Sequential interdependency

The second type of interdependency identified by Thompson is referred to as sequential interdependency. In this definition, a task within a project is dependent on the output from the completion of a previous task before it itself can be executed. This creates an interdependent relationship between them where it is necessary for tasks to be completed in a specific order to achieve a common objective, as seen on Fig. 2. Both tasks in this relationship are still dependent on the completion of the other to fulfill the end objective, which entails that pooled interdependency inherently exists as a part of this setup.[6]

Using the same construction setting as for the previous example, sequential interdependency can occur here too. Some parts of a construction project need to be completed before another can be begin. An obvious example of this is the windows of a house, that are dependent on the walls to be built before they can be installed.

Reciprocal interdependency

The third and final interdependency type that Thompson describes is reciprocal interdependency. The tasks seen in this type of interdependency are characterized by high contingency between each other. With this setup, a set of tasks takes the output of the other tasks as input, creating a type of looping process of dependency between the tasks, that is needed to complete the common objective. See Fig. 3 for a visualized representation of this. Often, an objective connected to such a setup is one that runs continuously throughout a project. This is the most complex of the three interdependency types, and exactly as it was seen with sequential interdependency, the less complex interdependency types can both be located within this one. Sequential interdependence exists as the output dependence from other tasks and in thereby as aforementioned, pooled interdependency lies within as well.[6]

Here, the construction project can be used once again as an example. For a multistorey building the team that is placing the walls are dependent on the team that is laying the floor to be completed. Subsequently, the floor team is dependent on the wall team before they can continue on the following floor. Another example is the relationship between the design team of a construction project, and the engineering team. The engineering team is dependent on the design developed by the design team. In turn, the design team is dependent on the feedback from the engineering team in regards to changes of the project, like fulfilling regulations or change in scope from the client.


According to Thompson, the three types of interdependencies represent three degrees of complexity that a project can contain, distributed in a hierarchical order. Least complex is pooled interdependency, followed by sequential interdependency, with reciprocal interdependency being the most complex of the three. In this hierarchy, an interdependence with higher complexity will always contain the interdependencies with lower complexity, but not the other way around. This means, that if reciprocal interdependence is identified within a project, it is safe to assume that this project also has sequential interdependency and pooled interdependency. On the other hand, if pooled interdependency is identified within a project, it cannot be assumed that the project contains any of the other interdependency types.[6]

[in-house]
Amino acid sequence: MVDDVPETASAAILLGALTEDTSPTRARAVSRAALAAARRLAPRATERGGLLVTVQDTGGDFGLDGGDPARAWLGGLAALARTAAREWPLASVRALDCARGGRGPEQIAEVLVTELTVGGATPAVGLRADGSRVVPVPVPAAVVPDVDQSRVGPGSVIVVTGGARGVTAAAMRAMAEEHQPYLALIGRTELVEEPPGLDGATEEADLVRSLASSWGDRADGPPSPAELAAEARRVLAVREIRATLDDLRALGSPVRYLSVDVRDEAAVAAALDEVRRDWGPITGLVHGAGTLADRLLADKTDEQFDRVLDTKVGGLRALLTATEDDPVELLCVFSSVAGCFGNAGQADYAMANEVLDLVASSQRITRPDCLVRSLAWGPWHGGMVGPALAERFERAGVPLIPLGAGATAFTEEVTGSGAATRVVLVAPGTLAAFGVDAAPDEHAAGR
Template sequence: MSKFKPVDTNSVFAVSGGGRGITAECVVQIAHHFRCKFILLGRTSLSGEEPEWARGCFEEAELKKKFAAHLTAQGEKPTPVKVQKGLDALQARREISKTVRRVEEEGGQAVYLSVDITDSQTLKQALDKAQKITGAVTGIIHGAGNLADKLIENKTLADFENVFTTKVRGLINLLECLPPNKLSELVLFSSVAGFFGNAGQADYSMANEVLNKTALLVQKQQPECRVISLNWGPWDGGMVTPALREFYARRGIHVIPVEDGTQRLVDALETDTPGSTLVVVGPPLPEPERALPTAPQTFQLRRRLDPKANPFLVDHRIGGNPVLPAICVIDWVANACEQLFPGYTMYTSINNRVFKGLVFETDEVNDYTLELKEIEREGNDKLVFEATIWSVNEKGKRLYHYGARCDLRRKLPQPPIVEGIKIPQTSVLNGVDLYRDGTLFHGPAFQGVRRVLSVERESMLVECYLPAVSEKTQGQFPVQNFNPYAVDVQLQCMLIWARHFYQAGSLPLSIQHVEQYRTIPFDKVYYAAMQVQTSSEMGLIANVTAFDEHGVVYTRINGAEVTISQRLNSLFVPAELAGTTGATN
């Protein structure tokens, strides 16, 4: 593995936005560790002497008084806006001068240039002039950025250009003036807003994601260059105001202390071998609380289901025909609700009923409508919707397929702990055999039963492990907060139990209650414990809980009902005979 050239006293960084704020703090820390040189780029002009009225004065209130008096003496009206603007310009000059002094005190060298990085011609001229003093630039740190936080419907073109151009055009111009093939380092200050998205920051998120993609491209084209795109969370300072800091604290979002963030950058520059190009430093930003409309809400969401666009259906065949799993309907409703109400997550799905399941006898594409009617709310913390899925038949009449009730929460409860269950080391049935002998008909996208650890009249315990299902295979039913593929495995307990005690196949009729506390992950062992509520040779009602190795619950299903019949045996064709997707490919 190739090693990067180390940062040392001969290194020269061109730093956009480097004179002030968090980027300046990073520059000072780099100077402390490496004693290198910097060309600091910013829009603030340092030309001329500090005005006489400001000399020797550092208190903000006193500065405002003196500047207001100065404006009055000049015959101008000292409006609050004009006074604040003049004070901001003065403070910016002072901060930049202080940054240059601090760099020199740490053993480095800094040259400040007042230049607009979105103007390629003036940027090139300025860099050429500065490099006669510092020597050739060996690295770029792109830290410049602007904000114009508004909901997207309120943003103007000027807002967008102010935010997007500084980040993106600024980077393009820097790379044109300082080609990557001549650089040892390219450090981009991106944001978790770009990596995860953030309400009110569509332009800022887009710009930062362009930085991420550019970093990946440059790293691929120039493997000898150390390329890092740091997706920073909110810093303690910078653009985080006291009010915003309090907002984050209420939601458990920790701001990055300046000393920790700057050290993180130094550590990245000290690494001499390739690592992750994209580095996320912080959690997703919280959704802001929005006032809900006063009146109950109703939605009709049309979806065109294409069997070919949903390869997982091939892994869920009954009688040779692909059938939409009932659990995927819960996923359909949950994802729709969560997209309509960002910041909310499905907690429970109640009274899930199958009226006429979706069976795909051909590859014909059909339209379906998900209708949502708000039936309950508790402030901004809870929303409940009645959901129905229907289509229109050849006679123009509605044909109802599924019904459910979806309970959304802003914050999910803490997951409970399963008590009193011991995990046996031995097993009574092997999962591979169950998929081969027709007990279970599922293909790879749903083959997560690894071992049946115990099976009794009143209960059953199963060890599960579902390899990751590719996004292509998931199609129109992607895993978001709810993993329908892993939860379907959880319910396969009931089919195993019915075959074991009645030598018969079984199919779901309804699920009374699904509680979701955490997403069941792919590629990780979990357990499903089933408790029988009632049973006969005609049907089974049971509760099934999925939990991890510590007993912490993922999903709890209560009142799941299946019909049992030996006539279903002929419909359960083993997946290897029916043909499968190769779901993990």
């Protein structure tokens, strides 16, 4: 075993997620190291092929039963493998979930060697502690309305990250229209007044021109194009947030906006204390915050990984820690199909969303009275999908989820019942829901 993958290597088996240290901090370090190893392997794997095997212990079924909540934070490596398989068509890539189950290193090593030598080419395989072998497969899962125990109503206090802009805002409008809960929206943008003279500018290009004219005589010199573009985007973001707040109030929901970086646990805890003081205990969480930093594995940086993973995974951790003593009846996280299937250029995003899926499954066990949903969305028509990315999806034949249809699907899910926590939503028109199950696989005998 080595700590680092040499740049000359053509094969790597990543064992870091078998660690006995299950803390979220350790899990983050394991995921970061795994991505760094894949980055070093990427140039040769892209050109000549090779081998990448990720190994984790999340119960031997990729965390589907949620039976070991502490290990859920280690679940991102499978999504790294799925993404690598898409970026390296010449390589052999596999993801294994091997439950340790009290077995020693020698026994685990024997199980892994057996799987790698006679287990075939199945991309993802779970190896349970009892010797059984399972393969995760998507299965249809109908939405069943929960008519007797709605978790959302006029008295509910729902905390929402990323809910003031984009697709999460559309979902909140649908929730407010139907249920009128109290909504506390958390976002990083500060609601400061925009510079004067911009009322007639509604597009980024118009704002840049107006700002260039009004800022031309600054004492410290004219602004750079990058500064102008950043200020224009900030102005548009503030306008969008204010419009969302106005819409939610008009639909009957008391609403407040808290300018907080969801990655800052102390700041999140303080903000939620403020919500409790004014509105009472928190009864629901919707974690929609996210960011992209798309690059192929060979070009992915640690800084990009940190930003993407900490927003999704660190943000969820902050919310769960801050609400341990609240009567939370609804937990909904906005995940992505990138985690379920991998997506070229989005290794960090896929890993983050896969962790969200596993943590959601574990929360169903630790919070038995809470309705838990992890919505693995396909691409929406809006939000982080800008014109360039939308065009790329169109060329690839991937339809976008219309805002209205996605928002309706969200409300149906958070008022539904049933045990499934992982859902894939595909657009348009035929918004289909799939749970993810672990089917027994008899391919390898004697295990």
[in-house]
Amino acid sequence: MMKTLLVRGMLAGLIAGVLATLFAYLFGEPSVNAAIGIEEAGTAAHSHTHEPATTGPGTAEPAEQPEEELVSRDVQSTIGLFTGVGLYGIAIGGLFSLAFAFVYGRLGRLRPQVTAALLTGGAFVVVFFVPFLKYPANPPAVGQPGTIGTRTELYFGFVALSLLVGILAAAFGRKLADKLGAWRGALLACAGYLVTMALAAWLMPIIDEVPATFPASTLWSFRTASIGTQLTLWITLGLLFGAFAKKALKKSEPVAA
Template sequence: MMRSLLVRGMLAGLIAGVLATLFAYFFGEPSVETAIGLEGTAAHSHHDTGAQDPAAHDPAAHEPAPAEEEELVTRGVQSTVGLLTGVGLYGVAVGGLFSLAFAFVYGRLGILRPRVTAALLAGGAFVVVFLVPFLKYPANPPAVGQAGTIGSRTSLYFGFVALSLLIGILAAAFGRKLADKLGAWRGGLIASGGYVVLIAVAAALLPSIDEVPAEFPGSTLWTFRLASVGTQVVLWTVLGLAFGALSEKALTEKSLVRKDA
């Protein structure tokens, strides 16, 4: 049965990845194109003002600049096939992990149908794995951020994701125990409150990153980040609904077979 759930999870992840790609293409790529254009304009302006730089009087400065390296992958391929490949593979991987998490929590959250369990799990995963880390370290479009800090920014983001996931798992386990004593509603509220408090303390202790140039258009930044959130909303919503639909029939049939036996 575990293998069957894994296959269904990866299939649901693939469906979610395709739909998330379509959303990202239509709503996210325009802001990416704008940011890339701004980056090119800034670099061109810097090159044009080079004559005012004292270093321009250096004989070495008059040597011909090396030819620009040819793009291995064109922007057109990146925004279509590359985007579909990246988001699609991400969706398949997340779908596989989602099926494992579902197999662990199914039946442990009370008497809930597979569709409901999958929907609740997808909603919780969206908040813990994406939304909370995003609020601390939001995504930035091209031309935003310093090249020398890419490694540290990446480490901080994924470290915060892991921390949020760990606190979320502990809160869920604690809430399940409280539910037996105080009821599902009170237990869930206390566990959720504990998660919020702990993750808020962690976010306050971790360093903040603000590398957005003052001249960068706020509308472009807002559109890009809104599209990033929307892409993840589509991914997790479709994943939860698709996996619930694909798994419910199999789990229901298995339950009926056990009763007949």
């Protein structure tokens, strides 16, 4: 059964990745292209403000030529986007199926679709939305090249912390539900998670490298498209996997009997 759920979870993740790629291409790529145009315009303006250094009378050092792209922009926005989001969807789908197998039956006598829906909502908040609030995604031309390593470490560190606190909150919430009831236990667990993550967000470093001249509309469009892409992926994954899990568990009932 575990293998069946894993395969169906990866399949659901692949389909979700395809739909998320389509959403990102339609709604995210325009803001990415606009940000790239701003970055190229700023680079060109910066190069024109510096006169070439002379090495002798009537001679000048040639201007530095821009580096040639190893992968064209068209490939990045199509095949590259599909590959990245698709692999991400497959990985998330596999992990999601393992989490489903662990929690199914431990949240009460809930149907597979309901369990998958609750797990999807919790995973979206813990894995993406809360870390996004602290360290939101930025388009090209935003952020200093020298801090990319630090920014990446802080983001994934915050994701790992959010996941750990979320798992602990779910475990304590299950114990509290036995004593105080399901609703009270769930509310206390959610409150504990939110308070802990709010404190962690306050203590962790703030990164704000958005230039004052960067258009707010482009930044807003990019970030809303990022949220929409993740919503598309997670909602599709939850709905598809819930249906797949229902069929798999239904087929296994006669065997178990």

Inherently, this allows the presence of each type of interdependency to be used as a way to determine the complexity of a project. However, this should not be done without caution, cause while the presence of pooled interdependency cannot be used to identify interdependencies of higher complexity, it cannot rule out their presence either.

Other interdependencies (Intensive interdependency)

While Thompsons three original types of interdependencies have stood the test of time, they have not been without scrutiny. A common point of critique has been questioning the original types’ ability to sufficiently cover and explain all sorts of organizations, as some would argue that some structures are not able to be defined through these. When the focus is shifted onto projects, as this article does, this lack of depth becomes even more apparent.

To address this critique, a fourth type of interdependency was introduced by Van de Ven, Delbecq, and Koenig in 1976[7], named intensive interdependency. In relation to the complexity hierarchy, it lies a step above reciprocal interdependency, but works in a different way than the others. Work that is categorized as intensive does not have a clear distinction to the order of input or output between tasks, which is evidently apparent in the original three types. Instead, completing intensive work is characterized by a workflow where tasks are worked upon simultaneously by multiple entities and without a specific order or sequence dictating it (see Fig. 4).

A number of other types of interdependencies exists including Risk Interdependency, Resource Interdependency, and Outcome Interdependency. While these are recognized in literature ([9], [10][11], [12]), they all also use principles from the original task interdependencies defined by Thompson, while of course being tailored towards specific use cases. As they are not within the scope of this article, they will not be dived further into in this article.


Along with the categorization of the three interdependencies, and their individual characteristics, Thompson included a set of ways on how to manage each of the interdependency types. These coordination types, paraphrased from the work of March and Simon (1958)[13] follow the principle mentioned previously, that with the rising complexity within the hierarchy of the interdependency types, a rise in management cost will inherently follow, as they, with higher contingency, also are more difficult to coordinate[6].